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By Prisca Sam-Duru

When United Kingdom author, Trish Lorenz, released her debut book titled: Soro Soke: The Young Disruptors of an African MegaCity, she must have thought she was doing Nigerians and indeed, Africans a rare favour. 

The confidence she exuded while speaking about the book during an interview following the release of the book, evidently portrayed her as one filling a void; non-existing of course.

Following the release of the book, and subsequently, the author’s interview with Crassh, Nigerians lashed seriously at her for not just telling an African story as though Africa lacked qualified writers, but also for claiming that she nick-named the #EndSARS protesters, Soro Soke Generation. “This cohort exhibits a confident outspokenness and a tendency for creative disruption, leading me to name them the Soro Soke generation,” she was quoted as saying.

In the book, Trish Lorenz, a British journalist based in Berlin, Germany, examined the bravery of the Nigerian youth who led the #EndSARS peaceful protest. She also featured the accounts of Nigerians who took part in the protest.The book won Lorenz the 2021/2022 Nine Dots Prize; a prize that lauds creative thinking tackling contemporary societal issues. And she took to Twitter to celebrate the feat. “I am so excited that my first book, Soro Soke, is published today. To see it advertised in the CUP bookstore windows is mind blowing. I can’t stop smiling.”

Recall that in 2020, Nigerians took to the streets to protest an end to police brutality, with the #EndSARS. The peaceful protest carried out by the young generation unfortunately, became bloody as a result of poor handling of event by security officials. 

Soro Soke, “a Yoruba-sourced activism phrase meaning ‘speak out’ or ‘speak louder,'” was a slogan used by the #EndSARS demonstrators against police brutality and bad governance. 

And so, miffed by the flagrant claim that she, Lorenz, named the #EndSARS protesters Soro Soke generation which she also uses as title of her book, Nigerians embarked on an online protest demanding that she makes a public apology to Nigerians. The online protesters numbering over 5000, ended up signing a petition against Trish Lorenz and the publisher of the book- Cambridge University Press, Crassh, demanding that she recall the book and, her interview taken down. 

According to reports, the online petitioners accused her of using the book and the conversation around it “to expropriate and abuse the name of the struggle.” The petition tagged: Recall ‘Soro Soke’ from Publication- Author cannot CO-OPT and steal a Nigerian Movement!’ commenced in earnest.

“Soro Soke is a Nigerian movement; one that came with our blood, sweat and tears. We are yet to recover from the aftermath.

“The phrase indicated that the Nigerian people would no longer put up with bad governance and they would speak out boldly. Unfortunately, in the course of the protests, the authorities responded with the military and over 50 Nigerians’ lives were lost. Many protesters and activists are still in jail, some in exile. Nigerians have not recovered.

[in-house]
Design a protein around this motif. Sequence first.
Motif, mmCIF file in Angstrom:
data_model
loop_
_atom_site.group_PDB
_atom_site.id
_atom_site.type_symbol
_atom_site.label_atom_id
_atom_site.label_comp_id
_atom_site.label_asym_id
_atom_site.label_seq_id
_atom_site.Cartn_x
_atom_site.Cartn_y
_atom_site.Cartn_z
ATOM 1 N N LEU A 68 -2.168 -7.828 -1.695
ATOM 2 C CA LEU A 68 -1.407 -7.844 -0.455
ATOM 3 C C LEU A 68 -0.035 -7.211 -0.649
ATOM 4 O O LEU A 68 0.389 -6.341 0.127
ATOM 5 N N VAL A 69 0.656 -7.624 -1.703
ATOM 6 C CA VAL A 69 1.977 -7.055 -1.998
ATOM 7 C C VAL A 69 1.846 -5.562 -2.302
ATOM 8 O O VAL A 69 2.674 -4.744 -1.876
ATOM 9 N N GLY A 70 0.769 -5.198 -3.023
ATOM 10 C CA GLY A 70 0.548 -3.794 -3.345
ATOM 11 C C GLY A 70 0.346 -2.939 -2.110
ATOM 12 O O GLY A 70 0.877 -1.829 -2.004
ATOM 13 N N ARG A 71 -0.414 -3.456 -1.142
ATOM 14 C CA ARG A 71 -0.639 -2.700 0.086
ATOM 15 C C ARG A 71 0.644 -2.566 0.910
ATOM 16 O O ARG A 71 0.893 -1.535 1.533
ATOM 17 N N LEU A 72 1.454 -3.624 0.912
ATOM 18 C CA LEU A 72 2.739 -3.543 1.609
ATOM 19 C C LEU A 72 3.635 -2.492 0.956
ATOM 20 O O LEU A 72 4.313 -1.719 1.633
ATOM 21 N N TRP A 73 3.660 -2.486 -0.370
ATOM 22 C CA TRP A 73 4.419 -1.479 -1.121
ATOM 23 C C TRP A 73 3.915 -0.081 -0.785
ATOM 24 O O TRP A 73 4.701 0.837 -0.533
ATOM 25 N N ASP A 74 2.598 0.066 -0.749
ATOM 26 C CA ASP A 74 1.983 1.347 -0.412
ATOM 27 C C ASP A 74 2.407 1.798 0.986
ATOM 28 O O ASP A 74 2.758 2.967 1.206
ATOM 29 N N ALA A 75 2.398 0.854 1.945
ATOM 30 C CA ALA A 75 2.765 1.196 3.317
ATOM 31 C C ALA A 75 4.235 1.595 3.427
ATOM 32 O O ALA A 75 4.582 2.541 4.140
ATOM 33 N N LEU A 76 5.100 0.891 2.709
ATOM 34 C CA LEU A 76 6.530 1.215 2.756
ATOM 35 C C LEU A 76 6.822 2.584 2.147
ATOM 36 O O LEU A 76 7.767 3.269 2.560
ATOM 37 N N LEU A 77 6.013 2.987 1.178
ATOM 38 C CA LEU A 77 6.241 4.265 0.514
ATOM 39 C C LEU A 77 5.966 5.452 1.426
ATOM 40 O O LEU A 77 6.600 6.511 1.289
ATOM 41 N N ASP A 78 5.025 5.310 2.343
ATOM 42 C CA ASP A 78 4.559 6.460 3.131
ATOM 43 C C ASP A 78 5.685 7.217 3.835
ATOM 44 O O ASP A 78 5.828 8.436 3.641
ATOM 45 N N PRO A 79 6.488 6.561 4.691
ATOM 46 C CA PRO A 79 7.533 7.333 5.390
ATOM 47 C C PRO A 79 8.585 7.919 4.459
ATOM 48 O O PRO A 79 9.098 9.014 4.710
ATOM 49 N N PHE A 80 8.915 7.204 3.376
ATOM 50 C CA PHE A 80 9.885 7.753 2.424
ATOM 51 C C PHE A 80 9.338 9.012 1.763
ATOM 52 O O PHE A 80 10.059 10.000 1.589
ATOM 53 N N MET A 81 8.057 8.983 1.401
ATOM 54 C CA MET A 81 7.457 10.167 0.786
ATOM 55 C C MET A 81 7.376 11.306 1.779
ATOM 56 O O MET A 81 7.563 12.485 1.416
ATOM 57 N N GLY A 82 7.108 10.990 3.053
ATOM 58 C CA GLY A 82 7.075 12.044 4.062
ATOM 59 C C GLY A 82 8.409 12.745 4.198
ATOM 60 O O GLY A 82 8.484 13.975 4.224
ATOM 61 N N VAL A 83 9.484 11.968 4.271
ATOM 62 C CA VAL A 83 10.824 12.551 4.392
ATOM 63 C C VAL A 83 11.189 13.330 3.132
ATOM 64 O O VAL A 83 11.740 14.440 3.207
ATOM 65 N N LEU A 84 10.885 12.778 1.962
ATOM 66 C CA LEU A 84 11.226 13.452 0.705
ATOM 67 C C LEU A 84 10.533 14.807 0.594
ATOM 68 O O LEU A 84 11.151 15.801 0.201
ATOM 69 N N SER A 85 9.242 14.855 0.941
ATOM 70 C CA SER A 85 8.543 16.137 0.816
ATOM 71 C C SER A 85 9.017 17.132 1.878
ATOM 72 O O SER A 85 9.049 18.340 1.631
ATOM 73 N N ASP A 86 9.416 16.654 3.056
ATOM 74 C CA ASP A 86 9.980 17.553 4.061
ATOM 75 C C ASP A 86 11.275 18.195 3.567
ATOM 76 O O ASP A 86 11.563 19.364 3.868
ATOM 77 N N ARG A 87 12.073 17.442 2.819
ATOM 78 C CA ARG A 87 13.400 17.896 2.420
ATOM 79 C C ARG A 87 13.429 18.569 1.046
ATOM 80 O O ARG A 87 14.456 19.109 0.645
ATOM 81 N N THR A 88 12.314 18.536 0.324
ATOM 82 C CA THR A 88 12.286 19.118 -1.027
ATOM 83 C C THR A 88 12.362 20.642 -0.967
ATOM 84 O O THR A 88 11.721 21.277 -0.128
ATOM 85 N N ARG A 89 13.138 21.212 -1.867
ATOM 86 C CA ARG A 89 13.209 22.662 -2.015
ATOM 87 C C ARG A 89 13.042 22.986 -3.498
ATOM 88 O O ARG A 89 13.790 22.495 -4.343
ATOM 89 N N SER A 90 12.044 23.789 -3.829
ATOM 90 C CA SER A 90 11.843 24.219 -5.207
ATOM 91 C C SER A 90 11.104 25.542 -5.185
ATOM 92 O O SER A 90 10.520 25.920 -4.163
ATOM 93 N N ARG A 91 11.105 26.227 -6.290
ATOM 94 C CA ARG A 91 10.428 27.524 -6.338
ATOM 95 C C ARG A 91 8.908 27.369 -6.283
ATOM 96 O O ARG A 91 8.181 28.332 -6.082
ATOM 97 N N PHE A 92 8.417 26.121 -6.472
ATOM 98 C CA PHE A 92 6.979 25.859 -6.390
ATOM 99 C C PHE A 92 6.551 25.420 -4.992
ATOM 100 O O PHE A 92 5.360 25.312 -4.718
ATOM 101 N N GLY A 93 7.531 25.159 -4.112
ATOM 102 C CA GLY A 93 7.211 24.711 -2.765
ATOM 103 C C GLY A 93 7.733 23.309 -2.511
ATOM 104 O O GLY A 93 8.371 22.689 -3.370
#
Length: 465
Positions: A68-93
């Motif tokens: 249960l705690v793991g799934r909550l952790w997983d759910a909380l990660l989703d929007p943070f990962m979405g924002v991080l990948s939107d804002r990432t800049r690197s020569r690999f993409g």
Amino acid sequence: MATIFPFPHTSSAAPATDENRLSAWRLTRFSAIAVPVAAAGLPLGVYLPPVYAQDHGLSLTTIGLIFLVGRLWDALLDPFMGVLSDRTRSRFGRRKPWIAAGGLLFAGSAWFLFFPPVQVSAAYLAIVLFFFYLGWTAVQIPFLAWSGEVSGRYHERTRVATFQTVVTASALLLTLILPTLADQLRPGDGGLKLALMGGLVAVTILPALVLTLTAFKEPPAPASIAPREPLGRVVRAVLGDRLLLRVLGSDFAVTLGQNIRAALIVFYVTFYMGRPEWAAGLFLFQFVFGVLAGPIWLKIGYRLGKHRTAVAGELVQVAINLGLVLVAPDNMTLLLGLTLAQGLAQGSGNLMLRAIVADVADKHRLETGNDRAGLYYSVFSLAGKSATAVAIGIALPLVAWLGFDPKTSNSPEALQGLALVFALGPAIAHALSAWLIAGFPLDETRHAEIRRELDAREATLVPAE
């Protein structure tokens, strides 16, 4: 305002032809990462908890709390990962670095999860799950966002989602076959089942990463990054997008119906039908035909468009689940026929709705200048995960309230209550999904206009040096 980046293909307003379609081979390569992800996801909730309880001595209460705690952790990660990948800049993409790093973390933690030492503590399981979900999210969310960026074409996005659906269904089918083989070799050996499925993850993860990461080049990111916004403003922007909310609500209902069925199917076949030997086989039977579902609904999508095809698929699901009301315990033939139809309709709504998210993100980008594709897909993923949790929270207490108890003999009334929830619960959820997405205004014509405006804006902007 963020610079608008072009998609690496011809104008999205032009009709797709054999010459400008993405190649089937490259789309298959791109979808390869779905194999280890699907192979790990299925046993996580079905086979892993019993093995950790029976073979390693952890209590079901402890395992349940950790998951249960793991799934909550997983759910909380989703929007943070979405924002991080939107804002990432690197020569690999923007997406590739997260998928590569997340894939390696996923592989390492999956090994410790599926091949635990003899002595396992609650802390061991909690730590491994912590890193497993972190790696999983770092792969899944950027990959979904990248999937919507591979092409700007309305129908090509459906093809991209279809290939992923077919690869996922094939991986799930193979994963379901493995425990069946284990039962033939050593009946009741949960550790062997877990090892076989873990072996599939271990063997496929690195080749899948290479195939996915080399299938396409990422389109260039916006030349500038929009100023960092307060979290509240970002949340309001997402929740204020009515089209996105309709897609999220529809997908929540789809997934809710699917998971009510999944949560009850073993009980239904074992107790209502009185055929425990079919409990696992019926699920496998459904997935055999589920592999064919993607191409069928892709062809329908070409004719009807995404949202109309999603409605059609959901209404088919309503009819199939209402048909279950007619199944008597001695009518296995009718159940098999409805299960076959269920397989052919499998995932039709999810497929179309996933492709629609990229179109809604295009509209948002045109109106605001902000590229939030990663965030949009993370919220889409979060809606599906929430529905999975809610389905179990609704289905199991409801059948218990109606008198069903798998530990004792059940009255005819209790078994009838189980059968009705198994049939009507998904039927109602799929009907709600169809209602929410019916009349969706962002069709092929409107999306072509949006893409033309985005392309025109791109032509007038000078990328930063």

“How can you name and claim what was already existing? She has no connection to the struggle yet she capitalises, benefits and profits off the trauma of Nigerians. “This is evidenced by her winnings from The Nine Dots Prize which comes with a remuneration of about $100,000. She has also received book deals with Cambridge University press and has her books in global bookstores and universities such as Harvard University library. 

“This is a Nigerian story to tell and we have Nigerians who are qualified to tell it. We have already told it without support or visibility. African stories must be told by African people”, the petition reads, adding that “the book is an intellectual property theft and gross disrespect to Nigerians.”

The statement continues; “In all of this, Trish Lorenz, a white woman from Germany, decides to expropriate and abuse the name of the struggle reminiscent of the actions of her ancestors in the Berlin conference of 1884/5. “She has also expropriated SóróSóké which is a work product and symbol taken from the Yoruba nation/tribe of Nigeria and its indigenes.”  

Consequently, they spelt out their demands thus; “Our Ask: 1; This book is intellectual property theft and gross disrespect to Nigerians. It is pouring salt on our open wound. Therefore, publishing must be halted and it should be pulled from all bookstores. (This has been done before when the book Bad and Boujee: Toward a Trap Feminist Theology written by Jennifer M Buck, was pulled for cultural appropriation and intellectual property theft.)”

The cheery news as reported by PM News, is that the online protest has paid off big time as the petition has forced Cambridge University, the publisher of the book to withdraw some claims the author made previously.

Cambridge University Press, Crassh and The Nine Dots Prize, while responding to the petition in a joint statement, admitted the author’s faulty statement. It also explained that Lorenz’s interview had been updated, describing her blunder as “unintentional.” 

The statement read in part: “There was no intention by Trish Lorenz or anyone involved with the book, to suggest that Trish invented the phrase Soro Soke Generation. “No such claim was made in the book. Rather, it was an unintentional turn of phrase in a single interview, the text of which has now been corrected.

“Soro Soke was chosen as its title due to its use as a rallying cry and call for change among young protestors in Nigeria, something which is made clear in the book.”

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